Category Archives: Scottish authors

Celebrating two Authors Born in Kirkcaldy ~ Val Mc Dermid and Andrew Fyall

TWO AUTHORS FROM KIRKCALDY

Val Mc Dermid

Val Mc Dermid is a well known author worldwide, Scottish but also celebrated in her home town of Kirkcaldy in fact she is seen regularly  at Stack’s Park watching her home side Raith Rovers.

Val McDemid is also a prolific tweeter engaging with her readers and twitter friends in a humorous and light hearted fashion @valmcdermid

Here ‘s my latest book review of one of her books, chosen because one of the main locations is in Fife:

A Darker Domain by Val Mc Dermid

This is a multi layered crime / mystery, with flashbacks to the time of the tumultuous miners’ strike in Fife, as DI Karen Pirie works to solve two seemingly very different cold cases.

Meanwhile Bel Richmond, a freelance journalist, finds a sinister poster and some blood stains in an abandoned villa near where she is staying in Tuscany. This thrusts the lies and deception of the past right into the present as the Italian police begin to investigate. Unraveling the truth has unforeseen and tragic outcomes leaving the reader reeling.

To say that I was gripped by this novel was an understatement, not surprising baring in mind the calibre of the author.

‘A Darker Domain’ was all the more meaningful for me since the Fife coastal locations were now so familiar. Not only that but the social historical aspect of the miners’ dispute added a realistic dimension to the events. Tension was literally in the air – provocation to carry out a kidnapping which led to dire consequences.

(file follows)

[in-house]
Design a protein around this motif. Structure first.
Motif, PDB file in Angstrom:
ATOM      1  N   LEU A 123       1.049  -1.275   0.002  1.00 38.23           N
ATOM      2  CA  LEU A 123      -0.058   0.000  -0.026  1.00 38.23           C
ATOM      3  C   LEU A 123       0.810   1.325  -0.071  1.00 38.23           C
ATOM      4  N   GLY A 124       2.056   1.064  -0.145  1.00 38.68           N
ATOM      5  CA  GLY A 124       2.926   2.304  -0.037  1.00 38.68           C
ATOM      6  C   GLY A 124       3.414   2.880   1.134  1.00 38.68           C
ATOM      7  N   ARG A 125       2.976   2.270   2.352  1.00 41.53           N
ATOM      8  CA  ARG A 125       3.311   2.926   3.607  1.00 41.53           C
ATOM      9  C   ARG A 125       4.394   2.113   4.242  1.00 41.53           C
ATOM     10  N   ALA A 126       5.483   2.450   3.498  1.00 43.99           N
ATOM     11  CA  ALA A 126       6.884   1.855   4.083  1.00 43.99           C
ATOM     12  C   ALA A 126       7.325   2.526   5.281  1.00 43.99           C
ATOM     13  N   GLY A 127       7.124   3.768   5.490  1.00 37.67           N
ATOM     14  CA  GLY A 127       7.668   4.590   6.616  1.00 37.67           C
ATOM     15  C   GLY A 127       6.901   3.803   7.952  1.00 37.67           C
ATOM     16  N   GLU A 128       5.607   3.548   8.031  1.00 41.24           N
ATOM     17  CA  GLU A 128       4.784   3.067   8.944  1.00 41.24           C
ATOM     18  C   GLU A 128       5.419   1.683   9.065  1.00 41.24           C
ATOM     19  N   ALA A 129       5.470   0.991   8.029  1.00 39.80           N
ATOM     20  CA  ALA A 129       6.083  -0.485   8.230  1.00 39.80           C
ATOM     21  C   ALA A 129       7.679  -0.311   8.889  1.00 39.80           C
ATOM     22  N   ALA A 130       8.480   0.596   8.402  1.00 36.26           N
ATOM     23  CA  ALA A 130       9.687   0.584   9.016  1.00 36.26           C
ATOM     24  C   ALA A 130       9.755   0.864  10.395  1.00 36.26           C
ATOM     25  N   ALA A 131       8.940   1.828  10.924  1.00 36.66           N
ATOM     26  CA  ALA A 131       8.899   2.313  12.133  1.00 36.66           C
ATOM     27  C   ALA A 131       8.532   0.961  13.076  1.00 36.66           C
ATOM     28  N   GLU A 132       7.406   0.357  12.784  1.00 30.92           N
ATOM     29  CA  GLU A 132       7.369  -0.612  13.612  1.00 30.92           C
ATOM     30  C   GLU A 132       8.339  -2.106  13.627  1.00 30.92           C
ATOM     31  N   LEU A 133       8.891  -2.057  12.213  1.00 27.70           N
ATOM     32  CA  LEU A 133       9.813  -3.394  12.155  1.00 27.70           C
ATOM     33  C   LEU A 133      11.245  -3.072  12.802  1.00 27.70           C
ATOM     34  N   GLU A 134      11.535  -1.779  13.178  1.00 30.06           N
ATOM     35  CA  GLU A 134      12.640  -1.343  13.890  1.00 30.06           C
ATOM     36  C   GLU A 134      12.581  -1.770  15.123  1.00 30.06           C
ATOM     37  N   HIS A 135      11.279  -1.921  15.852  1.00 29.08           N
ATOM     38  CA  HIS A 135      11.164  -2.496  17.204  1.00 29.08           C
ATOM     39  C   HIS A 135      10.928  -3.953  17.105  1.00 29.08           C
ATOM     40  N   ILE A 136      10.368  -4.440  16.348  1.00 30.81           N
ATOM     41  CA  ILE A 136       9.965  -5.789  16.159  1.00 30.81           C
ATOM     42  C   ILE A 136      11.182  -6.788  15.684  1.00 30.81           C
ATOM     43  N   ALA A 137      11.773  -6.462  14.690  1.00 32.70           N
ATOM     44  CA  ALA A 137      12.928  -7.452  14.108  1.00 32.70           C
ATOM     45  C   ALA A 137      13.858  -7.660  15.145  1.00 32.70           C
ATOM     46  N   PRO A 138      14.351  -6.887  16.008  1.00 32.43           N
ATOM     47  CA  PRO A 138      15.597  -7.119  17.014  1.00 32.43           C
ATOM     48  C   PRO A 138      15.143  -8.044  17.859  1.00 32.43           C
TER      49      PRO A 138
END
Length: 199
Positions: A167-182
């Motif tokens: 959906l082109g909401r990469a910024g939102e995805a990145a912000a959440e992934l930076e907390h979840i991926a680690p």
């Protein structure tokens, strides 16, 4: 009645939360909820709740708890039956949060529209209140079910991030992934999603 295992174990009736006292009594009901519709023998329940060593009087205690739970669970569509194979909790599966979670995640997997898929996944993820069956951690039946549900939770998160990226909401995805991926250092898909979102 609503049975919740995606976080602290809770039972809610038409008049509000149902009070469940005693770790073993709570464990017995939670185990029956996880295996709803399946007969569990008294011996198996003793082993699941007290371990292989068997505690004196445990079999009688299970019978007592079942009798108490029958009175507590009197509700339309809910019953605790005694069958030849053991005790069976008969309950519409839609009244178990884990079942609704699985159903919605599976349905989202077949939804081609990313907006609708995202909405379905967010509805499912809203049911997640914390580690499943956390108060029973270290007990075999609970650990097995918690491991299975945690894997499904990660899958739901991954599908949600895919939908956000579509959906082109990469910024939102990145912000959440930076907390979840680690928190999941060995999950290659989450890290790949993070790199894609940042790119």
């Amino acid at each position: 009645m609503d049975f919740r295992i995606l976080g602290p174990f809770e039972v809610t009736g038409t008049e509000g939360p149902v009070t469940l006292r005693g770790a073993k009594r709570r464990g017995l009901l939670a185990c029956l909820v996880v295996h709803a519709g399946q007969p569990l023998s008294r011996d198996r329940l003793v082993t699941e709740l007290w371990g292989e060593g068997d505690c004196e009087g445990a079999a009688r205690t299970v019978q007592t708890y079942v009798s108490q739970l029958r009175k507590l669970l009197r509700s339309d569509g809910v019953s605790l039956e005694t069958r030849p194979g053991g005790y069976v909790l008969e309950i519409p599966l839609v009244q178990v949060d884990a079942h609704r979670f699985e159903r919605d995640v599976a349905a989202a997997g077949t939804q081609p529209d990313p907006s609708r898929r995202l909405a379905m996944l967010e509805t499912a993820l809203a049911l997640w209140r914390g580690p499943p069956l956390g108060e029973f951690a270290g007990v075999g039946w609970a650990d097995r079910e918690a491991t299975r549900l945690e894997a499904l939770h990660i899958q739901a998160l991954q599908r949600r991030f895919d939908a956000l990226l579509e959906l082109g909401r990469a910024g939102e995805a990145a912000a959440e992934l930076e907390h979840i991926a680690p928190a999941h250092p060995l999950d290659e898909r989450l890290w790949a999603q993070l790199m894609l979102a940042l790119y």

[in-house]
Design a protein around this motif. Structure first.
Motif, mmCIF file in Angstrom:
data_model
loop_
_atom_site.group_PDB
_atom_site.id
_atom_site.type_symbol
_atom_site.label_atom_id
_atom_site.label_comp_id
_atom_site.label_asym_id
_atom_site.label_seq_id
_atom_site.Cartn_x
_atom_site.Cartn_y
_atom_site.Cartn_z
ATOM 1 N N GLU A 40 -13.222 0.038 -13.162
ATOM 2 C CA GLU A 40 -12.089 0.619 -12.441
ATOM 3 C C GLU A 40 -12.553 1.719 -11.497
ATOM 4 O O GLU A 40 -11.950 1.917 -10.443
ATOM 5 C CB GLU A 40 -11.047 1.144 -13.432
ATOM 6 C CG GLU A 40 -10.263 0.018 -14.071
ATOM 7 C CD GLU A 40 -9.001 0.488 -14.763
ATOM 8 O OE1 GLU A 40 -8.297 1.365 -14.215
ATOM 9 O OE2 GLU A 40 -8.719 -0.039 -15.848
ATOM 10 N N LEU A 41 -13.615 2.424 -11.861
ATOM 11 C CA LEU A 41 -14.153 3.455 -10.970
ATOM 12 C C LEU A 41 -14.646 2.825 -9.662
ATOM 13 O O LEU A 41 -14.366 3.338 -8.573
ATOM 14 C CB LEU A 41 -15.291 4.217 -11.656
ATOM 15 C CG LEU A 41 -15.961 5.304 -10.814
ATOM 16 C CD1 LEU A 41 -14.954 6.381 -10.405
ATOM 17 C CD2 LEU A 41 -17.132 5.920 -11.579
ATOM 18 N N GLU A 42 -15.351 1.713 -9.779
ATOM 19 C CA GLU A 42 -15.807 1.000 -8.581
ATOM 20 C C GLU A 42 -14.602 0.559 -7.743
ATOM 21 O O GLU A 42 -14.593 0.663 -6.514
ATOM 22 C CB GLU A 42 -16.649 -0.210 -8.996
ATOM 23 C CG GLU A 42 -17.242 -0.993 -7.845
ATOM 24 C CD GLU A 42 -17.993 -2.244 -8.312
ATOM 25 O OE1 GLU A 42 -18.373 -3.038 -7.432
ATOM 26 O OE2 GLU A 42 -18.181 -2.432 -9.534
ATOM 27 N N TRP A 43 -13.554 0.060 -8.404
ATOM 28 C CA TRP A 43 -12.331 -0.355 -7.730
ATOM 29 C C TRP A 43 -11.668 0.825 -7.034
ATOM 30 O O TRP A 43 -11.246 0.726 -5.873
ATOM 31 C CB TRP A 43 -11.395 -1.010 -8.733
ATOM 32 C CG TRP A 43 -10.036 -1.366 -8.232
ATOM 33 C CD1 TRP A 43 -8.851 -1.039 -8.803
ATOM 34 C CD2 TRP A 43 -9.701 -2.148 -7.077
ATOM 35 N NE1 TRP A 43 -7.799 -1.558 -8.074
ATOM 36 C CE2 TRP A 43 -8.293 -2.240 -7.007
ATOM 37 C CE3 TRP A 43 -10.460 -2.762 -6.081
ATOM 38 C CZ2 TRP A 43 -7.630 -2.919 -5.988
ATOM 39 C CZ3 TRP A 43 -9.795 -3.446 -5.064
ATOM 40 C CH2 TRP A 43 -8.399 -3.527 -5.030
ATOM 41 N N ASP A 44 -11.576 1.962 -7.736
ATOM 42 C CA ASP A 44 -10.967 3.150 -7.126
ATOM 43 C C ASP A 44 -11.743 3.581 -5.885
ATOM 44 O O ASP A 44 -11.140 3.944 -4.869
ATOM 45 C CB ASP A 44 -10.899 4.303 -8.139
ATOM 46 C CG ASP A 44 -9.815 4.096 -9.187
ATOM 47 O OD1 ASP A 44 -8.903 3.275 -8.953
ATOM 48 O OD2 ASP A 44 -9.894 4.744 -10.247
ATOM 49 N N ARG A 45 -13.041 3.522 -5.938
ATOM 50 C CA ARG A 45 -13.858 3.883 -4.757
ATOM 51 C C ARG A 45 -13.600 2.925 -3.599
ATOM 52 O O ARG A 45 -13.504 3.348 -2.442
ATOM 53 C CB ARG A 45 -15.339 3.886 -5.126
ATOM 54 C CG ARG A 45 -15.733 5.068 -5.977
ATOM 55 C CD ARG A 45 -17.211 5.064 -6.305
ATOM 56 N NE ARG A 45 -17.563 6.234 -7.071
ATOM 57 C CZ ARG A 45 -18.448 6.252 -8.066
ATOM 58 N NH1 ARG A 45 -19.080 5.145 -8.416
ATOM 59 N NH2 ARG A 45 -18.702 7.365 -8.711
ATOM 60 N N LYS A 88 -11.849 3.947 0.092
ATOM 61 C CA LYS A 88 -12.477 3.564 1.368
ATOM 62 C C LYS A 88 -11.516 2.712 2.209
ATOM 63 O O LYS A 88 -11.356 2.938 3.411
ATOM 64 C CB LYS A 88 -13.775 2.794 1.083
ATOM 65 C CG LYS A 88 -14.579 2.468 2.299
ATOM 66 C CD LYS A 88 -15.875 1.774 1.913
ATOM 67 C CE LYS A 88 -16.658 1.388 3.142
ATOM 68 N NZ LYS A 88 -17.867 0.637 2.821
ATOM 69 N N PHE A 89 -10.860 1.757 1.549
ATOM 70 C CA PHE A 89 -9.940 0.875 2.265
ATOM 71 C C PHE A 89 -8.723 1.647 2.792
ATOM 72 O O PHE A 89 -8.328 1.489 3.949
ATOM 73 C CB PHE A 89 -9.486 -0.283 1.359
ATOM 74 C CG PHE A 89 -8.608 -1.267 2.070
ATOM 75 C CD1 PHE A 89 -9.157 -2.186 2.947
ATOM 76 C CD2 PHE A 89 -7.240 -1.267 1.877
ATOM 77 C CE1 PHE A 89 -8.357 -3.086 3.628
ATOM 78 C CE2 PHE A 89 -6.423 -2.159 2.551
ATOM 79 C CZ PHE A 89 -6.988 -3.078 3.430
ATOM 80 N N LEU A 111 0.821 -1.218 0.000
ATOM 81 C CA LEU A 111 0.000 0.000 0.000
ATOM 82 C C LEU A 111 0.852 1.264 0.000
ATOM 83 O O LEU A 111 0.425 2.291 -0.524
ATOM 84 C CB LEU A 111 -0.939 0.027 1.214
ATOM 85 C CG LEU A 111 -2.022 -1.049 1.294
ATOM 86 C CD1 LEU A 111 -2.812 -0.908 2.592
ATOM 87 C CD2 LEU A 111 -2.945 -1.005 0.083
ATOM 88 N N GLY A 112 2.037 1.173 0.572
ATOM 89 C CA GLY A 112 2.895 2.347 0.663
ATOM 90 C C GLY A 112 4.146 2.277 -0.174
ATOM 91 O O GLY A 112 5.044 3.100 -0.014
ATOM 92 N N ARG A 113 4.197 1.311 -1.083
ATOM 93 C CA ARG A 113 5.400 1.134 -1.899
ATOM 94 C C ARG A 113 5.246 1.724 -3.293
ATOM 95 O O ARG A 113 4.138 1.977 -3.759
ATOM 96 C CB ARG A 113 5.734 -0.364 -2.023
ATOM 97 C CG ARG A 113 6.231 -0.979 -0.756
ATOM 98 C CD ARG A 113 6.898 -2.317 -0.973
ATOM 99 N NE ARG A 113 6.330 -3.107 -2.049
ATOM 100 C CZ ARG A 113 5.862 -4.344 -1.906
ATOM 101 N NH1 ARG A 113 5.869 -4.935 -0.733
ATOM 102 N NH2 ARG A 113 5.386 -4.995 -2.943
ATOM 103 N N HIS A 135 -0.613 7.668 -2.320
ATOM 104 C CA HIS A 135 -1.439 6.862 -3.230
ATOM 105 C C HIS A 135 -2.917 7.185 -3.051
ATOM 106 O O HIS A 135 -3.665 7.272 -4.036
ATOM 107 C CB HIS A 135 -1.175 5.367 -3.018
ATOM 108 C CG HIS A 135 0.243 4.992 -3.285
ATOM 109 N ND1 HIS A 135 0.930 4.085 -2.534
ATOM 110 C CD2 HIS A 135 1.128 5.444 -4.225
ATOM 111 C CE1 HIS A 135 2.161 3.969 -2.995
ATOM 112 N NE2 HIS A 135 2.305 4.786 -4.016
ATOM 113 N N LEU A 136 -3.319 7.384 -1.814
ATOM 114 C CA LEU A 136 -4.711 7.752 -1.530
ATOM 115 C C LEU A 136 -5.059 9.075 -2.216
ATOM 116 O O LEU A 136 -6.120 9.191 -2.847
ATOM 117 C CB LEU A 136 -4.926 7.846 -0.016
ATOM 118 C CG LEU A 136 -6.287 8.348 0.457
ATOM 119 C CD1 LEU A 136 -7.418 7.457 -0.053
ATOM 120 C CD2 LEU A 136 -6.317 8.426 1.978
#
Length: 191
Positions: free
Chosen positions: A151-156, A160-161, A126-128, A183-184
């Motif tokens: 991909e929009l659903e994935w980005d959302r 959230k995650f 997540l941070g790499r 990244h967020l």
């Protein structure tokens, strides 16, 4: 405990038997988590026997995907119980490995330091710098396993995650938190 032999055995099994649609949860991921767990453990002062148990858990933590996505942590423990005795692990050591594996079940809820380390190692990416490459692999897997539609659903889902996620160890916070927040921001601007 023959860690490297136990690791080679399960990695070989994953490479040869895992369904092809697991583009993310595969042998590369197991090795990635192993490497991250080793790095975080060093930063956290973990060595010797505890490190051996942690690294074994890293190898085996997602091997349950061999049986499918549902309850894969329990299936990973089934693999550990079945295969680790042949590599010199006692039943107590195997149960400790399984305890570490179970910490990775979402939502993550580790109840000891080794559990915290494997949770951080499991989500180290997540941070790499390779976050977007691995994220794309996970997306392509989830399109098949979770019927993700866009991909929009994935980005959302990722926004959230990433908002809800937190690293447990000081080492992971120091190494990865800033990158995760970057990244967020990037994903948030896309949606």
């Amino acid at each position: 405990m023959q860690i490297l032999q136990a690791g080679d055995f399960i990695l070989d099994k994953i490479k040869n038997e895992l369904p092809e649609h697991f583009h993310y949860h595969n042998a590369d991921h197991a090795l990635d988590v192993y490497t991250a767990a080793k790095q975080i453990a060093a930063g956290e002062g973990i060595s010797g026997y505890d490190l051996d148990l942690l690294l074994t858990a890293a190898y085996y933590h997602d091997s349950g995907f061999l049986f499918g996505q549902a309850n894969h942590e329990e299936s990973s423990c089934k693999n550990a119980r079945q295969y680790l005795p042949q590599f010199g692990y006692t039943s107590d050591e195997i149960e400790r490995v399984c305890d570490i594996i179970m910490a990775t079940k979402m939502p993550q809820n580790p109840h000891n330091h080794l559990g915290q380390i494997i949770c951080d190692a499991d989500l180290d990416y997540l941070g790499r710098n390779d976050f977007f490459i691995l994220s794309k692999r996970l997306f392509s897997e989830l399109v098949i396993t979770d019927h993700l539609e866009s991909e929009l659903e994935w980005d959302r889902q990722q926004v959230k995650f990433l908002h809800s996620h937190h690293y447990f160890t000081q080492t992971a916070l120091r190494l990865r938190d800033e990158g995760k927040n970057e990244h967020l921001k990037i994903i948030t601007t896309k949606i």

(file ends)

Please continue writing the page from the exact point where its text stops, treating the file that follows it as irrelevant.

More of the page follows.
I would never have guessed the end of the novel ~ a tragedy of Shakespearean proportions.

I’ve recommended it to a couple of friends already and will read the first in the series. ‘The Distant Echo’ is now on my list of ‘to read’ books.

Andrew Fyall

Andrew Fyall was also born in Kirkcaldy, was a reporter for the Daily Express and a Foreign Correspondent during the 1960’s and 1970’s. He now lives in Edinburgh.

I’ve recently been recommended to read his memoir. Here’s my review:

First in, Last Out: Memoirs by Andrew Fyall

51wWgHgKjYL._SY346_I was gripped from beginning to end of Andrew Fyall’s book through political upheaval, potential and real wars, terrorism and the world of entertainment. Reading ‘First in, Last Out’ was all the more poignant since I was reading first hand accounts of events I’ve been moved by throughout my life including The Cuban Missile Crisis, Martin Luther King and The terrorist attach at the Munich Olympics. The events Andrew Fyall covered were wide ranging but also pivotal in the state of our world.

The life of a Foreign Correspondent was described in stark honesty, his successes, his reliant on instinct, ingenuity and sheer guile. Incredible but hidden behind his words, I felt, was another life of the long suffering wife and family as Andrew Fyall was sent off to far flung places at a moment’s notice, often giving hours between one assignment and the next.

Last in, First Out also gave a frank account of the ruthlessness of working for The Daily Express, one of the top newspapers in its heyday.